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Profile for ancrenne:
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Ex-pat (well, across the border) Welsh lady type creature, became an accidental grown up and ended up here. Can barely use paint let alone anything cleverer for making pictures, so I am most often to be found on the QOTW pages and occasionally lurking on the /talk board.

It's sad how close this is to my life. I have a lot of friends. Which is nice.

beckyletters made me this, and Labia Majora made the real in the real world version. I am very proud to wear both.




I am proud to be a member of this...





The Political Compass


Gonzy's Vandalisim


Five facts by Ancrenne, by gonz.


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» The nicest thing someone's ever done for me

Someone gave me a city
A while ago, I wrote here about a book that changed my life. A Nasty Bad Man did a Nasty Bad Thing to me when I was fifteen and it screwed me up for ages. One of the nicest things ever done for me was someone helping me make some new memories to override the bad ones.

Let me explain. The Nasty Bad Thing happened in London. I'd arranged to meet him at tube station A and he lived near tube station B. The Nasty Bad Thing happened at his house.

So every time I went to London for a jaunt (which was rare Ė I avoided the city wherever possible out of fear) and saw either of these two tube stations, or even their names on the tube map, I had a little panic. Or sometimes a big panic. Both names were hard to miss - one is very central, the other is associated with a large stadium. This made having fun in London pretty tricky - every damn tube journey would set me off, and no matter how sorted you get after something like this, little things can trigger memories. And I do like London, thereís loads to do and fun places to go Ė I didnít want to be scared any more.

So, onto the nice.

I'd decided I wanted to make some new memories. This might sound daft but it works to great effect. When a Nasty Bad Man has used the word 'dick' aggressively at you, that word becomes very hard to say or even think without remembering him, his face, his voice. However, painting it in purple paint and covering it with glitter with a happy giggling counsellor makes it funny and sparkly.

I wanted new memories of those tube stations. And I wanted nice ones. My last memories of tube station B were of midwinter, waiting to be rescued away from the horrors, and me saying to the Nasty Bad Man, ĎI donít feel very well. Donít let me fall overí And coming to in a heap on the floor next to a flower stall while he stood there sneering. Did I mention that he was a Nasty Bad Man? So I asked a Lovely Man if he would come with to station A, kiss me nicely, accompany me to station B and just see what happened.

Lovely Man did just that. We went to tube station A, we kissed. We went on the journey, and even though Lovely Man isnít a fan of the tube, he kept an eye on me, looked after me and made sure I was ok.

When we got to tube station B, it was bright, bright sunshine, a bustling day. There were more shops than I remembered, cafes too. It was a vibrant place, development was happening, and new life being breathed into the area. It wasnít the same place at all Ė it was amazing.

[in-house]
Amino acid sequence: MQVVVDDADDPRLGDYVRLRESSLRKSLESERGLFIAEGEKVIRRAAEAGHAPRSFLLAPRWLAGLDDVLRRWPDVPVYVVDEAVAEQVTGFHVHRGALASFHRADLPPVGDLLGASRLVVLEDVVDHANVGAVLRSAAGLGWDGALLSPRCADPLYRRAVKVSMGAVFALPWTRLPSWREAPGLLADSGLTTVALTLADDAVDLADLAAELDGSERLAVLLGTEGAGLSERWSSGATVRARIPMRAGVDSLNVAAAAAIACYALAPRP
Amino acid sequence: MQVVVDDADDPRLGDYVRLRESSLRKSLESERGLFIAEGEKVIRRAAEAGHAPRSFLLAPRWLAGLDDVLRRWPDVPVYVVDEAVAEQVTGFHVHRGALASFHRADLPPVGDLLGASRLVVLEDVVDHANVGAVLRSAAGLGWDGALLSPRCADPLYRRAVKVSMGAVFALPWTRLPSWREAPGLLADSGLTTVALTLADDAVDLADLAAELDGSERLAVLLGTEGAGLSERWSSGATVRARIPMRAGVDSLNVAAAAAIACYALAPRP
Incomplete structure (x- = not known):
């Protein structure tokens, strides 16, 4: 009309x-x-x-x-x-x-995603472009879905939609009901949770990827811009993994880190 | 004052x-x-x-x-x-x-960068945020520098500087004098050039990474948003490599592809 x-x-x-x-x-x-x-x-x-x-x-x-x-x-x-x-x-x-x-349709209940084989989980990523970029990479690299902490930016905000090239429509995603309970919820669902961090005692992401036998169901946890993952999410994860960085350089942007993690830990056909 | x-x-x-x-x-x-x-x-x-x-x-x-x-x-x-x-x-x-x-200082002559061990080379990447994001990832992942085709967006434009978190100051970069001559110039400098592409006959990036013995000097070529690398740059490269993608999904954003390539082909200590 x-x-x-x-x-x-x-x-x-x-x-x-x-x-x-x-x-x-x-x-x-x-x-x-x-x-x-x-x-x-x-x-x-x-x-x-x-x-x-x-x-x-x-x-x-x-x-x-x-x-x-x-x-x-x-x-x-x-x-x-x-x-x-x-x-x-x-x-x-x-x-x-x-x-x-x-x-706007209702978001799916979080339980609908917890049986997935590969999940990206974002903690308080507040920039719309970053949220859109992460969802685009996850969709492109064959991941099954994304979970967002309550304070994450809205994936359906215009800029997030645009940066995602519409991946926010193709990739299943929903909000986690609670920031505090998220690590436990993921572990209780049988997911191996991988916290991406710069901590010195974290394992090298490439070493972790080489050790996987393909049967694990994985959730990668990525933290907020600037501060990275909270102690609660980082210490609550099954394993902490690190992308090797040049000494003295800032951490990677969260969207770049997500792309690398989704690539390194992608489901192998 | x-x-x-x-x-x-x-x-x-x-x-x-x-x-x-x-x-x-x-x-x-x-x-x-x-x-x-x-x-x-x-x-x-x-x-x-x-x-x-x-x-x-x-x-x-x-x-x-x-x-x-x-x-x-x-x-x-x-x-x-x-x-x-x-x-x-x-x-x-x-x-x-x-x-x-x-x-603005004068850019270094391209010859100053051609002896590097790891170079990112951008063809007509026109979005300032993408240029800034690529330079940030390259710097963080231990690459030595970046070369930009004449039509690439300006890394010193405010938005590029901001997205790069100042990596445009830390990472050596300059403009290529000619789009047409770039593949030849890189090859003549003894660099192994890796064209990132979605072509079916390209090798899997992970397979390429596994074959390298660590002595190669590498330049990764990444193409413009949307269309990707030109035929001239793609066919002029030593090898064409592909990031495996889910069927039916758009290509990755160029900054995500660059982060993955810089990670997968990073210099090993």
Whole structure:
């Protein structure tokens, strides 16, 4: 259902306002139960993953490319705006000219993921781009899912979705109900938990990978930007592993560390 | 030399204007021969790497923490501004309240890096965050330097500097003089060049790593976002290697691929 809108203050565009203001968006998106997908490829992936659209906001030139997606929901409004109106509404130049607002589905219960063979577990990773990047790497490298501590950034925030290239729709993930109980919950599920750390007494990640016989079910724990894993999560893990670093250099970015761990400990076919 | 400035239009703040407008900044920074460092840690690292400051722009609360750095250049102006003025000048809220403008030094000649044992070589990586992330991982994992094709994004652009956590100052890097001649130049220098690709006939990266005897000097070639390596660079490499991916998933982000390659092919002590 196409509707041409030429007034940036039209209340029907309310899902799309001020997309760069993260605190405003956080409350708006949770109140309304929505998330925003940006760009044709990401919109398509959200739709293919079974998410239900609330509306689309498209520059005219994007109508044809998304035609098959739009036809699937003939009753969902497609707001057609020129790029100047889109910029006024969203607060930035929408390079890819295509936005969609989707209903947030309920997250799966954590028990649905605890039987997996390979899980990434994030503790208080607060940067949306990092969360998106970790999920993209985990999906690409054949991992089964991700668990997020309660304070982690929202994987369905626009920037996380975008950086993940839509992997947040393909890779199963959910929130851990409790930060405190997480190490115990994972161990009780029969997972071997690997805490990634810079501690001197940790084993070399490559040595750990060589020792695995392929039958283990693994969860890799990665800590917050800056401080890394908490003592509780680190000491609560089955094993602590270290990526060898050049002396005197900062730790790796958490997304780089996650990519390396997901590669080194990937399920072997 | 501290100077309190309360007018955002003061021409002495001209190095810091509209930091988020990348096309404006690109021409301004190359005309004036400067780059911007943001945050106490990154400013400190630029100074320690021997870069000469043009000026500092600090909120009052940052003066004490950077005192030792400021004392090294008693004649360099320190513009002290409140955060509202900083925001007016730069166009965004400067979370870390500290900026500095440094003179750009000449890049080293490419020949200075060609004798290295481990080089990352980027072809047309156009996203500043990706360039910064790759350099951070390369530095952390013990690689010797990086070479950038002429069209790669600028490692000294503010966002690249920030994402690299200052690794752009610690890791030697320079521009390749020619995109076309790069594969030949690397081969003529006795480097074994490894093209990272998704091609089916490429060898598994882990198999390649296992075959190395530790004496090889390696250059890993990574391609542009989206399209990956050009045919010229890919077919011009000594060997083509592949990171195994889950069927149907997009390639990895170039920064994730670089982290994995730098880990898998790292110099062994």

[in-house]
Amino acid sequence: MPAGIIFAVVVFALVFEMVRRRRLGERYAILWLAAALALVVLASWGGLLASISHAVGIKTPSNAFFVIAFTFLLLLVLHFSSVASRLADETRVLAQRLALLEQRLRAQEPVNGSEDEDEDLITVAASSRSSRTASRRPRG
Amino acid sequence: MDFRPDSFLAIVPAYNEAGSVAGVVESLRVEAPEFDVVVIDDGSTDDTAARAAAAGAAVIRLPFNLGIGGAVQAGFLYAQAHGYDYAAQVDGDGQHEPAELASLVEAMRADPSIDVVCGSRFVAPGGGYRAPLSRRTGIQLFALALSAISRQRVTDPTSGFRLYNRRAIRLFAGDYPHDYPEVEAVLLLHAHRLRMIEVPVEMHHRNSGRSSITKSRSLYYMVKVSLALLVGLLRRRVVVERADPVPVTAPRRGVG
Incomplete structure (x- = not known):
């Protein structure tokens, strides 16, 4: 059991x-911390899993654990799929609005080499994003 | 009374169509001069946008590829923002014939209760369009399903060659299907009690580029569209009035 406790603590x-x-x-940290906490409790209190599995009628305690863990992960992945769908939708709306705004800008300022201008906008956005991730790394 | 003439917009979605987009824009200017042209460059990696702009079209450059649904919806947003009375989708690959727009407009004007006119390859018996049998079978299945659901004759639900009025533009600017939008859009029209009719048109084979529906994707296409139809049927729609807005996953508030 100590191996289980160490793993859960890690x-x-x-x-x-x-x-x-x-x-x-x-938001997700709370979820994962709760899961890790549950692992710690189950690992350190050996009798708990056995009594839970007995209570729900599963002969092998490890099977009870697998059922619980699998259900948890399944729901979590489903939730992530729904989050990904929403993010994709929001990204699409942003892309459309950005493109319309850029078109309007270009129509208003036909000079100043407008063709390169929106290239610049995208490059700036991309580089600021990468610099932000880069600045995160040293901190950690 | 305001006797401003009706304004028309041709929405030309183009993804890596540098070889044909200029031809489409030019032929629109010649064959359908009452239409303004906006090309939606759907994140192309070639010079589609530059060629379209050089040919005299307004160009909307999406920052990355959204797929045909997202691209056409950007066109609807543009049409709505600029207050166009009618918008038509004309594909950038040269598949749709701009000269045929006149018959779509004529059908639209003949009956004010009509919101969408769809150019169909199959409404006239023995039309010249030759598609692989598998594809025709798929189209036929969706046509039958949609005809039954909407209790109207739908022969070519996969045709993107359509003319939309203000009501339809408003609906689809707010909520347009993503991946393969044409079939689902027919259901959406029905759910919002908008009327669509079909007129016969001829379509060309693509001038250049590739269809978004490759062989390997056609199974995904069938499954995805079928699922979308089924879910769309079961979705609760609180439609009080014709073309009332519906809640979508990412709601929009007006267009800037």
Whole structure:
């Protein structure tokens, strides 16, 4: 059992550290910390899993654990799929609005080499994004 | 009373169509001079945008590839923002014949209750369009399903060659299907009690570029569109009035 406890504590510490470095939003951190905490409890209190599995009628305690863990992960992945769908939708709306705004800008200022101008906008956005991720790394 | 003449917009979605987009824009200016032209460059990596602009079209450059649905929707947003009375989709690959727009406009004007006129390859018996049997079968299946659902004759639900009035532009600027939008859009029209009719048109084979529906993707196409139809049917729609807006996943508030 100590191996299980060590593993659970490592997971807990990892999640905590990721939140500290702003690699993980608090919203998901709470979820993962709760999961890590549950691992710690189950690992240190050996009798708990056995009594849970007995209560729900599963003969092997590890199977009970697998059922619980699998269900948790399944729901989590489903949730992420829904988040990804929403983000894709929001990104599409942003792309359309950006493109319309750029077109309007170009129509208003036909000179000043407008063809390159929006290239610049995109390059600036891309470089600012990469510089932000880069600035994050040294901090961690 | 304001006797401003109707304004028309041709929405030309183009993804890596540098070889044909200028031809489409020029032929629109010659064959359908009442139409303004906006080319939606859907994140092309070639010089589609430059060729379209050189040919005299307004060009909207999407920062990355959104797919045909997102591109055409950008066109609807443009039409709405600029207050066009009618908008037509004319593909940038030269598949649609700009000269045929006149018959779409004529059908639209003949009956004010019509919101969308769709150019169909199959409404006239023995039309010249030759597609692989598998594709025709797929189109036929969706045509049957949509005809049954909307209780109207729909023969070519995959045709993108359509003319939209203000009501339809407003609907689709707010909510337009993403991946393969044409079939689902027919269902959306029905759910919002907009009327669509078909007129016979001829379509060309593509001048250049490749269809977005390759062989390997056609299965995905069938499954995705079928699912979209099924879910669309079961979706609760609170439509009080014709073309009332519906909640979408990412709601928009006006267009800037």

We stopped and had a cigarette, and I grinned for a long while. We kissed again and got the tube back. No need to hang about. I grinned all the way back to tube station A and we went about our business happy.

That tube journey with that Lovely Man gave me back London, the museums and galleries I love, the theatres, the pubs! It gave me back my freedom to be there and feel safe and to travel on the tube and not be scared of the tube map. It was the equivalent of sparkly glitter being poured all over the crapness and the trauma, and it was much needed.

If that Lovely Man happens to read this, and thinks about clicking, Iíd like him to know thatís heís clicking for himself too. Iím telling the story, but it was what he did that made it.
(Fri 3rd Oct 2008, 13:51, More)

» This book changed my life

Not just mine, but I hope a few others too.
Like workboresme, Iíve spent awhile (about two years to be honest Ė so many QOTW have made it pop into my head) wondering about posting this. And then thought,ĎAh fuck it, Iíll keep wondering until I doí.

So here we go. The book that really changed my life was a little pamphlet that I read in a waiting room years ago. It was one of those cheaply produced booklets that are full of adverts and thereís one article on support stockings or walking frames or volunteer knitting groups. At the back there was one little black and white understated advert for the local Rape Crisis Centre. You know those film sequences where the camera sort of centres in and the background just drops away Ė I felt like that. Everything else disappeared. That was one day I was glad of the long wait behind the coughers and bawling babies as I just read the advert over and over, those few lines, willing myself to memorise the phone number. Iíd no idea before then that such places existed, which I canít comprehend now. When I was eventually called, I had to force myself to stand up and move Ė my brain had taken me to a different place and it was a place Iíd been tricked into, trapped, held against my will for twenty four hours*, and where I couldnít move, or talk, or feel.